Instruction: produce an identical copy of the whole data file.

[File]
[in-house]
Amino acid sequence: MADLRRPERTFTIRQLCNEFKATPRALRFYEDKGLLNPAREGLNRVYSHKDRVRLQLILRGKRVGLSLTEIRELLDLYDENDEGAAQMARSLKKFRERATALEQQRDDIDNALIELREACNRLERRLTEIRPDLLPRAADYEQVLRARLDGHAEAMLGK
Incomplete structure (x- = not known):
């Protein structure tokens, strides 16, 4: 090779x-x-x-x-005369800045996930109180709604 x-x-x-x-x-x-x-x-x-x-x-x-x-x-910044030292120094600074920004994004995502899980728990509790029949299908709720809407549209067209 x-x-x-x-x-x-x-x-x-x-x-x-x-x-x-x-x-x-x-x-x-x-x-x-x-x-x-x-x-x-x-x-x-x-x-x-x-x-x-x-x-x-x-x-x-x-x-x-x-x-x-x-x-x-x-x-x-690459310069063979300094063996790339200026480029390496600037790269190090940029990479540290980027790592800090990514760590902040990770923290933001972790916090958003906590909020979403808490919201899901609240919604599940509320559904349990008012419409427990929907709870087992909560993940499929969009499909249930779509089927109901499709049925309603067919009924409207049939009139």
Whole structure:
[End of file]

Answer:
[in-house]
Amino acid sequence: MADLRRPERTFTIRQLCNEFKATPRALRFYEDKGLLNPAREGLNRVYSHKDRVRLQLILRGKRVGLSLTEIRELLDLYDENDEGAAQMARSLKKFRERATALEQQRDDIDNALIELREACNRLERRLTEIRPDLLPRAADYEQVLRARLDGHAEAMLGK
Incomplete structure (x- = not known):
């Protein structure tokens, strides 16, 4: 090779x-x-x-x-005369800045996930109180709604 x-x-x-x-x-x-x-x-x-x-x-x-x-x-910044030292120094600074920004994004995502899980728990509790029949299908709720809407549209067209 x-x-x-x-x-x-x-x-x-x-x-x-x-x-x-x-x-x-x-x-x-x-x-x-x-x-x-x-x-x-x-x-x-x-x-x-x-x-x-x-x-x-x-x-x-x-x-x-x-x-x-x-x-x-x-x-x-690459310069063979300094063996790339200026480029390496600037790269190090940029990479540290980027790592800090990514760590902040990770923290933001972790916090958003906590909020979403808490919201899901609240919604599940509320559904349990008012419409427990929907709870087992909560993940499929969009499909249930779509089927109901499709049925309603067919009924409207049939009139």
Whole structure: